Here's an oldie but goodie: You remember the old Perry Mason? The truth, the whole truth, and nothing but the truth, so help me God? Remember that? Is there anyone out there who can say that now? Now it's the ends justify the means. Truth? Hey, as far as anyone knows they are good people.

Is that OK with you?

Once again you aren't getting the full truth from the media or just about anyone on what these Arizona immigration law protests are all about. No one will tell you that those who were arrested were new SDS radicals who were influenced by old SDS and current SEIU radicals.

If this were 1995, I'd dismiss these clowns as just that. But times have changed. This isn't an isolated group of people. The Weather Underground manifesto shows their hand: "We will only reach the high school kids who are in motion by being in the schoolyards, hangouts and on the streets on an everyday basis."

The new SDS is shouting "Arrest Arpaio." Hmm, sounds familiar. Oh yeah, from the 1960s: "We want to smash cops, and build a new life."

So we have the past and we have the present. Now, can we see the future? Yes, we can. But for that we go to Greece.

Remember the little book by the Invisible Committee of Revolutionaries? You're seeing it in Greece now, it's hitting the streets. They can't afford the entitlements and the unions don't want to let go. So they're burning cars and blowing stuff up, clashing with the police.

Most people in America don't realize what they are up against. This is not just a movement with big government tendencies. It's radical revolutionaries who believe so strongly that America is evil, that capitalism and the free market are evil, that they will stop at nothing to end the perceived "oppression."

If you want to see what this looks like when the radicals really gear up, look no further than Greece.

The Guardian is reporting on the rise of a group called the Sect of Revolutionaries. They've been described as "more murderous, dangerous, capable and nihilistic than ever before." They've now declared that "tourists should learn that Greece is no longer a safe haven of capitalism."


And they have promised to set up attacks on police, businessmen, prison guards, the "corrupt" media and, for the first time, tourists. They've also claimed responsibility in the murder of an investigative journalist, who was shot dead at his home in front of his pregnant wife.

The ends justify the means.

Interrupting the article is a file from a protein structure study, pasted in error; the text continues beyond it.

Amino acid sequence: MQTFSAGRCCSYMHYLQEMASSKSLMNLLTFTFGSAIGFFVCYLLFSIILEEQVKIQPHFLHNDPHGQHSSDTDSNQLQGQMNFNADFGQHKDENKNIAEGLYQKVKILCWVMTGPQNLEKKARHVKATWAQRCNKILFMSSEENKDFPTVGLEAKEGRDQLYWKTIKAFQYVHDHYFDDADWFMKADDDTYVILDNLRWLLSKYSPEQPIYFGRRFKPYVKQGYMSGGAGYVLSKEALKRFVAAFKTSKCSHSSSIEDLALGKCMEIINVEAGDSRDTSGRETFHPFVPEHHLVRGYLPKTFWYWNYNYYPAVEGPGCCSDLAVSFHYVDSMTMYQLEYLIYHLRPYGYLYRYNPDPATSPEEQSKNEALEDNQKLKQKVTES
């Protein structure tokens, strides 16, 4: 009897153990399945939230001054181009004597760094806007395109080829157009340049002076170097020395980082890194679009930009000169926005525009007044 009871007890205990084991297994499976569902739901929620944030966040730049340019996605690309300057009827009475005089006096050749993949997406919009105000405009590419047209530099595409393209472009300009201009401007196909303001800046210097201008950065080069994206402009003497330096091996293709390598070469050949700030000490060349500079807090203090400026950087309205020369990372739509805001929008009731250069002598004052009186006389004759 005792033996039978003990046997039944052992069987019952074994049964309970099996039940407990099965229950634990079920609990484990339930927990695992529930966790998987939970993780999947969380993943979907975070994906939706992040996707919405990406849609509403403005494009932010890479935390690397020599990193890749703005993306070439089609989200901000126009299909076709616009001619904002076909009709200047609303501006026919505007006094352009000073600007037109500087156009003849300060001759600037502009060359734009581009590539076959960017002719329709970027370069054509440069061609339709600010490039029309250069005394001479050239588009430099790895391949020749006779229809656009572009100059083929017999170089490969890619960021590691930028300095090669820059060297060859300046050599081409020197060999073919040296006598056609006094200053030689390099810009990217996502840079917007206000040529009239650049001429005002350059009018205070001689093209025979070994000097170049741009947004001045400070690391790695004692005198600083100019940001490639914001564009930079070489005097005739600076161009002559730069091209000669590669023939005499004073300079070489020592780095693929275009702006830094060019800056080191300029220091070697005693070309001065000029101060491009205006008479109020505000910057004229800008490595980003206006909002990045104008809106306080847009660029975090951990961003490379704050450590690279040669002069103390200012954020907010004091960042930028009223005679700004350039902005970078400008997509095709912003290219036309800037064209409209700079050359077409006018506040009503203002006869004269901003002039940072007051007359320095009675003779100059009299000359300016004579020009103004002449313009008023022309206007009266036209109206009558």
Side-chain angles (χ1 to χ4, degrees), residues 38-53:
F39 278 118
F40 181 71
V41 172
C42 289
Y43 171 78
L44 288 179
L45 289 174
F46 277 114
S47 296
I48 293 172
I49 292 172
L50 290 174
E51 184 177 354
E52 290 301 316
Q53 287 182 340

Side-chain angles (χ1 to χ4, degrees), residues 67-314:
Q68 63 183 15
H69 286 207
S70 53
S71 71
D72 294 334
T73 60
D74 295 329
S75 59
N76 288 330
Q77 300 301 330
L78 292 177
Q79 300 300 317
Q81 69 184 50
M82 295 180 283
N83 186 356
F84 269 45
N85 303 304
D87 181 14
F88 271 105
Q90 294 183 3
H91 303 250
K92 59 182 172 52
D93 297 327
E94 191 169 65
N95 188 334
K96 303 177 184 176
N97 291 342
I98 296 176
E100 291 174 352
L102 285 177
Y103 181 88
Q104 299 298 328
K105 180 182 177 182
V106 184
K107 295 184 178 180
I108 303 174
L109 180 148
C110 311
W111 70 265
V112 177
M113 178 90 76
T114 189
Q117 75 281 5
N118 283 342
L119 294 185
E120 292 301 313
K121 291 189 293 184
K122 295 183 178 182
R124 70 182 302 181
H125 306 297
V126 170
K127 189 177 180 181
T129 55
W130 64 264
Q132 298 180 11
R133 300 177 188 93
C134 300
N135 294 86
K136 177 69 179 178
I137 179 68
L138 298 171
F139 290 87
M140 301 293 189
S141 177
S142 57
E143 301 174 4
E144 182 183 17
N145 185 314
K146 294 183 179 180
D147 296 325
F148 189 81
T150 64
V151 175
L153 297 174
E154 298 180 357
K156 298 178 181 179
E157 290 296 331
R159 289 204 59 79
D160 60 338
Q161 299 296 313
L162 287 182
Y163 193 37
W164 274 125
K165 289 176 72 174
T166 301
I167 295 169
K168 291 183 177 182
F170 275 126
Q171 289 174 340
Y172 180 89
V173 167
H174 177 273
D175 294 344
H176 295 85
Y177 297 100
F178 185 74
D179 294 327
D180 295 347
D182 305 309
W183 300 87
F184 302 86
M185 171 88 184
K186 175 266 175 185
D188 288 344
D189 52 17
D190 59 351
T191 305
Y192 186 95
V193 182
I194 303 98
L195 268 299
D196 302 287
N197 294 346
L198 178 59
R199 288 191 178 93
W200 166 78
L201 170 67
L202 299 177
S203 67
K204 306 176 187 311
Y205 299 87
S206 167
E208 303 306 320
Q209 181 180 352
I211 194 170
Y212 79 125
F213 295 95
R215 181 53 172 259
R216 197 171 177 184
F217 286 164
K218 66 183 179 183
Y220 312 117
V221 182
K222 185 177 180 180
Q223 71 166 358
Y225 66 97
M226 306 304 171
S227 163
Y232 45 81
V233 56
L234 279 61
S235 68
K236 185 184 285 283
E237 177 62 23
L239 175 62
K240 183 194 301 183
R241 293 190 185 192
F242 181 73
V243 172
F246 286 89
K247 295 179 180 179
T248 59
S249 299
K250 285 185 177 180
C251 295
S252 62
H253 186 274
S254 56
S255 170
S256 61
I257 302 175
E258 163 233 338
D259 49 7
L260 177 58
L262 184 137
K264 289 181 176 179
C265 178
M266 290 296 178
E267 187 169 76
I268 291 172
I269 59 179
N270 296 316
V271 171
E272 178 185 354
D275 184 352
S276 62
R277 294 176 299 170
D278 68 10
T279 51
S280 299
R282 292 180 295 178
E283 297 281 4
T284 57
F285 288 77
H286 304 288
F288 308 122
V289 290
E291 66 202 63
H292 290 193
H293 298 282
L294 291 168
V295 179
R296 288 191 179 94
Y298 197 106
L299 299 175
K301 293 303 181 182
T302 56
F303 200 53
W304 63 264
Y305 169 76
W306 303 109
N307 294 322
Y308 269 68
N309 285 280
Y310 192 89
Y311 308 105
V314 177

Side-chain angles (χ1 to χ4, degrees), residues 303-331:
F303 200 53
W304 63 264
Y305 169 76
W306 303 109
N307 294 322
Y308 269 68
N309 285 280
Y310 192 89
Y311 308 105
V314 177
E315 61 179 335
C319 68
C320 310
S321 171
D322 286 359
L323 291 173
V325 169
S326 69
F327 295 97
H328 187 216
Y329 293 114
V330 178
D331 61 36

There are crazies on both sides of the aisle — left, right, up down and in the middle. But one side has an orchestrated history of terror and violence and it's starting to rear its ugly head again.

No one on TV has preached more that violence is not the answer than me. But when I do, the leftists say, Hmm, why would you have to say that unless your crazy listeners weren't one push away from a shooting spree? I say it for the same reason Martin Luther King said it. For the same reason the left said it with their MAP for social movements. It's a human condition when your back is against the wall, you want to push back. As soon as anyone does that, not only is it just plain wrong, but you also destroy the movement. You lose.

But I also say it because I've seen the record. SEIU has a history of violence against the tea parties: beating a black man, biting off a finger, physical intimidation.

SDS has a history of violence from the '60s with the Weather Underground. And the same SDS members have started a new SDS and on their first visible outing they have arrests while shouting at the "pigs."

I challenge SEIU to have their members sign a pledge of nonviolence and actually mean it. I'd have a hard time taking that seriously, since SDS and SEIU members believe in Saul Alinsky who taught that the ends justify the means.

The throwing of water bottles at cops in Arizona is just the tip of the iceberg. We've seen what these radical groups did in the past: They got violent. Now it’s the same radicals teaching our kids how to do the same.

Don't disregard the warning signs.

— Watch Glenn Beck weekdays at 5p & 2a ET on Fox News Channel

This week on the Glenn Beck Podcast, Glenn spoke with Vox co-founder Matthew Yglesias about his new book, "One Billion Americans: The Case for Thinking Bigger."

Matthew and Glenn agree that, while conservatives and liberals may disagree on a lot, we're not as far apart as some make it seem. If we truly want America to continue doing great things, we must spend less time fighting amongst ourselves.

Watch a clip from the full interview with Matthew Yglesias below:


Find the full podcast on Glenn's YouTube channel or on Blaze Media's podcast network.

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'A convenient boogeyman for misinformation artists': Why is the New York Times defending George Soros?

Image source: Simon Dawson/Bloomberg via Getty Images